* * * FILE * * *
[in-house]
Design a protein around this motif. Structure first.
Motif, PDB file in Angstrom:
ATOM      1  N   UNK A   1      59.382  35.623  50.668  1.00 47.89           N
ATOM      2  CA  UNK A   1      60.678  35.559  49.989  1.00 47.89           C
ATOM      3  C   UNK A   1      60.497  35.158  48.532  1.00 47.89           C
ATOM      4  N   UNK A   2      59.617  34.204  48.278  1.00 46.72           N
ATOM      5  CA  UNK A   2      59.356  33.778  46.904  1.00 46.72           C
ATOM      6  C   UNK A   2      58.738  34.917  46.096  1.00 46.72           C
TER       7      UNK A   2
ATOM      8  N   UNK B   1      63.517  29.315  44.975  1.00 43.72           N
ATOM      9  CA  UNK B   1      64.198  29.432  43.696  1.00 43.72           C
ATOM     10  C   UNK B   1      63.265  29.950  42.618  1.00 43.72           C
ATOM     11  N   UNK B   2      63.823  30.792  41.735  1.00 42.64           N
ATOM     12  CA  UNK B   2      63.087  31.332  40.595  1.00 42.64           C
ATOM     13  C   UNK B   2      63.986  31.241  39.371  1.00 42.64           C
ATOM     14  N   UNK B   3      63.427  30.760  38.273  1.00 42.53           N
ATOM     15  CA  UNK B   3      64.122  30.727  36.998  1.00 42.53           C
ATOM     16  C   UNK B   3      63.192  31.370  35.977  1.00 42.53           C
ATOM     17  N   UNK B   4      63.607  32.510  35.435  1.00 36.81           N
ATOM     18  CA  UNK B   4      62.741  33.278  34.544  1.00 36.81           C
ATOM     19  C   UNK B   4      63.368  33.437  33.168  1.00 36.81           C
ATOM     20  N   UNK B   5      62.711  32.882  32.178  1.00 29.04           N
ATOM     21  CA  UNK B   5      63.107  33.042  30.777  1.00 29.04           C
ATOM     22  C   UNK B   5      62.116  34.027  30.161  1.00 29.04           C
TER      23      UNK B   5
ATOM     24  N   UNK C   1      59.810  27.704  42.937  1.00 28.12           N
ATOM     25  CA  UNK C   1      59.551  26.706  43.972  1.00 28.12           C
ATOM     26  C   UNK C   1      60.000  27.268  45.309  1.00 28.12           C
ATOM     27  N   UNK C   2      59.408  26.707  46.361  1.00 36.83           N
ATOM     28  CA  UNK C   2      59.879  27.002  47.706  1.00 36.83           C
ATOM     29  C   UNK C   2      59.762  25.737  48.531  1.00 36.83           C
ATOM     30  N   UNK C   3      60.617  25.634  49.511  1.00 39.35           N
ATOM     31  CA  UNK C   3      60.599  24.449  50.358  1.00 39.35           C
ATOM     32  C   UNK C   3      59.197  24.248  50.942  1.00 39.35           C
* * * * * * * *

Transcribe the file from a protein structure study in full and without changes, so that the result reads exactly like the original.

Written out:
[in-house]
Design a protein around this motif. Structure first.
Motif, PDB file in Angstrom:
ATOM      1  N   UNK A   1      59.382  35.623  50.668  1.00 47.89           N
ATOM      2  CA  UNK A   1      60.678  35.559  49.989  1.00 47.89           C
ATOM      3  C   UNK A   1      60.497  35.158  48.532  1.00 47.89           C
ATOM      4  N   UNK A   2      59.617  34.204  48.278  1.00 46.72           N
ATOM      5  CA  UNK A   2      59.356  33.778  46.904  1.00 46.72           C
ATOM      6  C   UNK A   2      58.738  34.917  46.096  1.00 46.72           C
TER       7      UNK A   2
ATOM      8  N   UNK B   1      63.517  29.315  44.975  1.00 43.72           N
ATOM      9  CA  UNK B   1      64.198  29.432  43.696  1.00 43.72           C
ATOM     10  C   UNK B   1      63.265  29.950  42.618  1.00 43.72           C
ATOM     11  N   UNK B   2      63.823  30.792  41.735  1.00 42.64           N
ATOM     12  CA  UNK B   2      63.087  31.332  40.595  1.00 42.64           C
ATOM     13  C   UNK B   2      63.986  31.241  39.371  1.00 42.64           C
ATOM     14  N   UNK B   3      63.427  30.760  38.273  1.00 42.53           N
ATOM     15  CA  UNK B   3      64.122  30.727  36.998  1.00 42.53           C
ATOM     16  C   UNK B   3      63.192  31.370  35.977  1.00 42.53           C
ATOM     17  N   UNK B   4      63.607  32.510  35.435  1.00 36.81           N
ATOM     18  CA  UNK B   4      62.741  33.278  34.544  1.00 36.81           C
ATOM     19  C   UNK B   4      63.368  33.437  33.168  1.00 36.81           C
ATOM     20  N   UNK B   5      62.711  32.882  32.178  1.00 29.04           N
ATOM     21  CA  UNK B   5      63.107  33.042  30.777  1.00 29.04           C
ATOM     22  C   UNK B   5      62.116  34.027  30.161  1.00 29.04           C
TER      23      UNK B   5
ATOM     24  N   UNK C   1      59.810  27.704  42.937  1.00 28.12           N
ATOM     25  CA  UNK C   1      59.551  26.706  43.972  1.00 28.12           C
ATOM     26  C   UNK C   1      60.000  27.268  45.309  1.00 28.12           C
ATOM     27  N   UNK C   2      59.408  26.707  46.361  1.00 36.83           N
ATOM     28  CA  UNK C   2      59.879  27.002  47.706  1.00 36.83           C
ATOM     29  C   UNK C   2      59.762  25.737  48.531  1.00 36.83           C
ATOM     30  N   UNK C   3      60.617  25.634  49.511  1.00 39.35           N
ATOM     31  CA  UNK C   3      60.599  24.449  50.358  1.00 39.35           C
ATOM     32  C   UNK C   3      59.197  24.248  50.942  1.00 39.35           C